Once again displaying their diversity for use in the domestic petroleum industry, one of Crowley’s four ocean class tugs, Ocean Sky, recently provided back-up station-keeping and holdback services during a routine blackout test of ultra-deepwater, semisubmersible oil rig Noble Jim Day in U.S. Gulf of Mexico. This Shell-leased, Noble-owned rig is currently operating in about 9,600 feet of water in the 508 section of Walker Ridge as part of the Stones Prospect.
As part of routine blackout testing, Crowley was contracted to have the Ocean Sky connect its tow line to the rig, which itself has DP3 technology. The tug’s connection was to serve as a contingency in the event the rig required additional assistance, which it did not during the 12-hour drill.
“These tugs have performed above and beyond each time they've been contracted,” said Tommy Crosby, manager, sales and marketing, for Crowley’s solutions group. “During this drill, we were able to demonstrate yet another feature of these ocean class tugs – tug holding position during stand by operations. These four tugs have repeatedly performed to the expectations of their build including salvage, heavy-lift barge towing, ocean towing and positioning of offshore structures, and standby and response in the Gulf of Mexico during Loop Current features and hurricane contingency planning.”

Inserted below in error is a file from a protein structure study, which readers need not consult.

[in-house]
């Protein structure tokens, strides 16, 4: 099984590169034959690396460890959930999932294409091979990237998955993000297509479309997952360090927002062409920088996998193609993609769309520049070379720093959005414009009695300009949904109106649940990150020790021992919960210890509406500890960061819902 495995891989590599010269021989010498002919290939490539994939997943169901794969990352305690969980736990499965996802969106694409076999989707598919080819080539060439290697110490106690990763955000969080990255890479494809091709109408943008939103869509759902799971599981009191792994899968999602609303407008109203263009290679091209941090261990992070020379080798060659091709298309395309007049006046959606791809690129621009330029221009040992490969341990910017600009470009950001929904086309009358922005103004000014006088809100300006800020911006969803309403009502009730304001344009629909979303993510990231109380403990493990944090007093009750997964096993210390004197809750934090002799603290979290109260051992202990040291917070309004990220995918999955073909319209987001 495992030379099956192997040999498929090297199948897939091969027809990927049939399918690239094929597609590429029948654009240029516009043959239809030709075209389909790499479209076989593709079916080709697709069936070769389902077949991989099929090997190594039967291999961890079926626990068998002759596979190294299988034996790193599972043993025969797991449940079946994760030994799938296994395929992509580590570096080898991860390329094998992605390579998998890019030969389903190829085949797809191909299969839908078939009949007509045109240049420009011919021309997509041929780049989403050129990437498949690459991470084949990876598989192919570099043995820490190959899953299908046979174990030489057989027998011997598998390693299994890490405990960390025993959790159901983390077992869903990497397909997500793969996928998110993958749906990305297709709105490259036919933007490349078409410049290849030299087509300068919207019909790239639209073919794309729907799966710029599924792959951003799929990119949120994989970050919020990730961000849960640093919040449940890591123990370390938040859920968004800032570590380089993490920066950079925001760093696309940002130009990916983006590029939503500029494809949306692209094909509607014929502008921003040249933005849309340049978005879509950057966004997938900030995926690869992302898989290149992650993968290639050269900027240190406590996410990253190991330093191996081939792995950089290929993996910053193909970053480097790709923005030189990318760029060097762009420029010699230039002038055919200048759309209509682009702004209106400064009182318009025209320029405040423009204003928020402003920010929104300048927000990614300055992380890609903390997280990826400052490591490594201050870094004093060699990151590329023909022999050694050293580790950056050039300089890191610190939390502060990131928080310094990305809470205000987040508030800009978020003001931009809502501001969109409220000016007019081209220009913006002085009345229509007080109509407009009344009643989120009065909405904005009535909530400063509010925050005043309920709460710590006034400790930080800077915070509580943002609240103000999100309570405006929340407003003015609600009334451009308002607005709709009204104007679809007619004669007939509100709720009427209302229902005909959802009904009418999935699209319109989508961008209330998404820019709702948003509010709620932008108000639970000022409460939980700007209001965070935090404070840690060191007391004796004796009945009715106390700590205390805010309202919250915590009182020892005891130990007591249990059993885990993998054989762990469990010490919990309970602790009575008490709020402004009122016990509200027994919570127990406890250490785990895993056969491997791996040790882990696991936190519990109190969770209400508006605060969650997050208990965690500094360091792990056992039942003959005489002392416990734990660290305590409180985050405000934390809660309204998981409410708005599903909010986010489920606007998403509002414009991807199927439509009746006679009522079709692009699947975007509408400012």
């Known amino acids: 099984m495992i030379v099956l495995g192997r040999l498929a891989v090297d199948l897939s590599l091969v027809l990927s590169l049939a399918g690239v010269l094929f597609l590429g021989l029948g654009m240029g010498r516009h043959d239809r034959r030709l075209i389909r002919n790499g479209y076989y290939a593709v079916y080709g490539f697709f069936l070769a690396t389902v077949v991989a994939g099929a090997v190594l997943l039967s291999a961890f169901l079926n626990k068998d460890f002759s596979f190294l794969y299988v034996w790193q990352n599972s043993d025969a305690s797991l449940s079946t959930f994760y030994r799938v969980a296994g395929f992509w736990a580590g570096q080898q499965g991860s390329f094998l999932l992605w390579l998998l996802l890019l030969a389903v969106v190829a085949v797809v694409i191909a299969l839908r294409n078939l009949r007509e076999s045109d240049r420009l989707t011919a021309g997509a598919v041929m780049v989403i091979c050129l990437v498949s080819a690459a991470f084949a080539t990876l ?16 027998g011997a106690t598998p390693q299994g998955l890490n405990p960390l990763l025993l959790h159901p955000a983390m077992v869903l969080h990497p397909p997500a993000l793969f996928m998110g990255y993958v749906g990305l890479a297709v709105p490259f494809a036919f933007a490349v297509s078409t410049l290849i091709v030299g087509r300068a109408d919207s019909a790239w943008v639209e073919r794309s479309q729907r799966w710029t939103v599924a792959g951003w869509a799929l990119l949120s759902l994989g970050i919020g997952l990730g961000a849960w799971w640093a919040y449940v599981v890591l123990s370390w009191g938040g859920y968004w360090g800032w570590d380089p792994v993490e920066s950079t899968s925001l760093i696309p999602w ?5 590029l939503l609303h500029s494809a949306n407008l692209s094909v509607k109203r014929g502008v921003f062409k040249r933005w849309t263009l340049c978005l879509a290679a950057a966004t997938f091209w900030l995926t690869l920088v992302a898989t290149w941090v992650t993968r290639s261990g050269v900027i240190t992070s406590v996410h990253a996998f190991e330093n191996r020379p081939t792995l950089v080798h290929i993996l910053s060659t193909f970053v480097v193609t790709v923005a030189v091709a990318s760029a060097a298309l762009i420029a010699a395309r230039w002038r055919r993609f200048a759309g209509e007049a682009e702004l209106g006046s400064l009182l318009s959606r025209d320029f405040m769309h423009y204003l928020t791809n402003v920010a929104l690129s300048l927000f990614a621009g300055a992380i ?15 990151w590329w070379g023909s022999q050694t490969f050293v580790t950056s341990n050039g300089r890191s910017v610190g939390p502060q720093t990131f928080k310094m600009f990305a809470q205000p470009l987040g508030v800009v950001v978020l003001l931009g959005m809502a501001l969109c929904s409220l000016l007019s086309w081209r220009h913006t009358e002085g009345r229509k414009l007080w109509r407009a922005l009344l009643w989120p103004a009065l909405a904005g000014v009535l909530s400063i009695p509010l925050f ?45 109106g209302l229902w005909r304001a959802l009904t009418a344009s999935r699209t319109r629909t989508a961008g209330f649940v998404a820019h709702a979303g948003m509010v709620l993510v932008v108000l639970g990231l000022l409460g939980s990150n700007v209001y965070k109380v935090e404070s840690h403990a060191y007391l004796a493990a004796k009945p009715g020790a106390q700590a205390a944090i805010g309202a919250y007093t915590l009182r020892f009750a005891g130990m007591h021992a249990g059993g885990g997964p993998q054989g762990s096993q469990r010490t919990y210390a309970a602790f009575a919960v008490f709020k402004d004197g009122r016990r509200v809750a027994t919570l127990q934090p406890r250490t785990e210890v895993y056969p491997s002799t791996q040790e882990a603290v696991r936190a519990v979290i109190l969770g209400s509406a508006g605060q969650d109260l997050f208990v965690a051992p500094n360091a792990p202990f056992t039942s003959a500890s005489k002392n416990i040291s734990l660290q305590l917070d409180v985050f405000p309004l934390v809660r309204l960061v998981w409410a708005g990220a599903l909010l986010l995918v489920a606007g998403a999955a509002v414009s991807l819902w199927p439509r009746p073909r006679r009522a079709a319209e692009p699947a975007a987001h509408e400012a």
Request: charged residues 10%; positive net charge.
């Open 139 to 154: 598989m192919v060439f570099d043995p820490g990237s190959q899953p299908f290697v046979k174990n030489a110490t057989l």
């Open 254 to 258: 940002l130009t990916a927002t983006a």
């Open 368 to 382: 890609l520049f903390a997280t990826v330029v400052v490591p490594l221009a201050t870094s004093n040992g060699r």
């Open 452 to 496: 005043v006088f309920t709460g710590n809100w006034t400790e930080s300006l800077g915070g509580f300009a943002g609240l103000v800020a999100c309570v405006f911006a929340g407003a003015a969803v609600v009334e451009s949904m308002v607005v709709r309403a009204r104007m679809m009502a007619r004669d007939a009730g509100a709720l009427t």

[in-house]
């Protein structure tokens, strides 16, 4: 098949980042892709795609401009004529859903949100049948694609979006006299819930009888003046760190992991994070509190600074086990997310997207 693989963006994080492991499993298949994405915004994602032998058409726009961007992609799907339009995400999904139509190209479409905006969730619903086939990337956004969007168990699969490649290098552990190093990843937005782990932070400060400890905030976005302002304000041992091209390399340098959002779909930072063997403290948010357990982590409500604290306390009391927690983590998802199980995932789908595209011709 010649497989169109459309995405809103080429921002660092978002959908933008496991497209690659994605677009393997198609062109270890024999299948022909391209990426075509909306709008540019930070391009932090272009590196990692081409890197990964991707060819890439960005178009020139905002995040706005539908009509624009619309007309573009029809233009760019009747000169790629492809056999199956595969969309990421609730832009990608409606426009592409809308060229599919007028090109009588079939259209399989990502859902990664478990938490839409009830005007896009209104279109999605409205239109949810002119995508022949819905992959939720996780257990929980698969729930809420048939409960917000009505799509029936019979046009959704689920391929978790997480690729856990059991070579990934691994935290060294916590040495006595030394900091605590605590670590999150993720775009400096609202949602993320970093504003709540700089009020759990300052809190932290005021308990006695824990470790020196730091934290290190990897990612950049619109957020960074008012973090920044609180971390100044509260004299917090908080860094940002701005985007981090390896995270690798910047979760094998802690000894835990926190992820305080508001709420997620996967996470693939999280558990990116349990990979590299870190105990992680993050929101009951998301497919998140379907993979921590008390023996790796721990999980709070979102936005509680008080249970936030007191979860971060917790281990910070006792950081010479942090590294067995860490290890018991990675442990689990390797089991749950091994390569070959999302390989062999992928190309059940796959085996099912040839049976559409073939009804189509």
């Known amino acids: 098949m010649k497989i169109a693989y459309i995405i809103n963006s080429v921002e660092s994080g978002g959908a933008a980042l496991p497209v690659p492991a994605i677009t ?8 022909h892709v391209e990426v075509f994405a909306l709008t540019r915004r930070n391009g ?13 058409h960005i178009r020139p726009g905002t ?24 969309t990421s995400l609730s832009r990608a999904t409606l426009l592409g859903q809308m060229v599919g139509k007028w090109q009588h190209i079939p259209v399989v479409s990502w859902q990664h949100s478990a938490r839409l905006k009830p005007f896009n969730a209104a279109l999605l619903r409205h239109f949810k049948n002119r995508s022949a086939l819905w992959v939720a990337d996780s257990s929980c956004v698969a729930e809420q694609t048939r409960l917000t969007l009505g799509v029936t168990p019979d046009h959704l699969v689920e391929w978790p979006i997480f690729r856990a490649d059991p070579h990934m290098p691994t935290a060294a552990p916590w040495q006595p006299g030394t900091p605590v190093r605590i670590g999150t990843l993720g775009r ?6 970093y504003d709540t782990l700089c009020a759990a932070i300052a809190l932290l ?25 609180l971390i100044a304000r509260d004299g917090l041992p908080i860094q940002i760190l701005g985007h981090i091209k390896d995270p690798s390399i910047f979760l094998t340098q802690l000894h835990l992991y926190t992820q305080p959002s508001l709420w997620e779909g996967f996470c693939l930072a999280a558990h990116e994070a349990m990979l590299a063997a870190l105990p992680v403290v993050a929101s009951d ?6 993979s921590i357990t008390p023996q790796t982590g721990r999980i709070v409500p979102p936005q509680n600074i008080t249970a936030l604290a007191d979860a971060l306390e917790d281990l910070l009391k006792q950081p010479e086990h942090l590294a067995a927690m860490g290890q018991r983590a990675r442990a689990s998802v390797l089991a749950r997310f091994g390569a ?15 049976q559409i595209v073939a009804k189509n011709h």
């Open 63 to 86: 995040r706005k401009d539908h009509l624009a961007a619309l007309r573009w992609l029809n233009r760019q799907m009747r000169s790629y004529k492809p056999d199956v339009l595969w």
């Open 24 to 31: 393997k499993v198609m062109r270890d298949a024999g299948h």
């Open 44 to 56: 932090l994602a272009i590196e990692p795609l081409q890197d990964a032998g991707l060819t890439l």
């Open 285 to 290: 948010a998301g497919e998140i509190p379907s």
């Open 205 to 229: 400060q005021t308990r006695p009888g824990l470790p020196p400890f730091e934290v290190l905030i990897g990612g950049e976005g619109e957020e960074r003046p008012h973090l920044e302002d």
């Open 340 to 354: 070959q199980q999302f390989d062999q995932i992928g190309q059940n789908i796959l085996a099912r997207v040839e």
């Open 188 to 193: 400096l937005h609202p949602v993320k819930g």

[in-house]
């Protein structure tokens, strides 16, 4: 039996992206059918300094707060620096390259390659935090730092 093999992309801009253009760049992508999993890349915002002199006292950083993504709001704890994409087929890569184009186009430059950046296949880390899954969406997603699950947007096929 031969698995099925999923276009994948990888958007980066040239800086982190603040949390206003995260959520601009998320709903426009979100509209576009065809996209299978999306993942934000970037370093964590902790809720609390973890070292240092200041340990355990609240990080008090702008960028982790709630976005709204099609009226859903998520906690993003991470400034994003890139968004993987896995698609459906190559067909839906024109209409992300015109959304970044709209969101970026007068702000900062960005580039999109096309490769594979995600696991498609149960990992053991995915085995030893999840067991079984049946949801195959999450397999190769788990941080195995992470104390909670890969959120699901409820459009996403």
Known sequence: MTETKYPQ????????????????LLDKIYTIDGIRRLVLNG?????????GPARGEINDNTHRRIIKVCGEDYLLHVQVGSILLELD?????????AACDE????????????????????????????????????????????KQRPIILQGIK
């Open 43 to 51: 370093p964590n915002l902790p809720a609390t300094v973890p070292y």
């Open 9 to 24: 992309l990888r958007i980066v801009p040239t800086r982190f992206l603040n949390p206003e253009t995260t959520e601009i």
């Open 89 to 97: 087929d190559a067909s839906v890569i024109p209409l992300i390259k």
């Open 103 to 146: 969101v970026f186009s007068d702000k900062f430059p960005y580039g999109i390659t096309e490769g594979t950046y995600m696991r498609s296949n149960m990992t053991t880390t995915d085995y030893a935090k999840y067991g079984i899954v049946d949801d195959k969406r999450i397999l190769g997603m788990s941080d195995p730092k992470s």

Crowley’s ocean class tugs are modern ocean towing twin-screw vessels with controllable pitch propellers (CPP) in nozzles, high-lift rudders and more than 147 MT bollard pull. The first two ocean class vessels, the Ocean Wave and Ocean Wind, are classed as Dynamic Positioning 1 (DP1) tugboats and are twin-screw tugs with an overall length of 146 ft., beam of 46 ft., hull depth of 25 ft. and design draft of 21 ft. The second two tugs of the class, Ocean Sky and Ocean Sun, are classed as DP2 and are 10 feet longer. All four vessels are capable of rig moves, platform and Floating Production, Storage and Offloading (FPSO) unit tows, emergency response, salvage support and firefighting.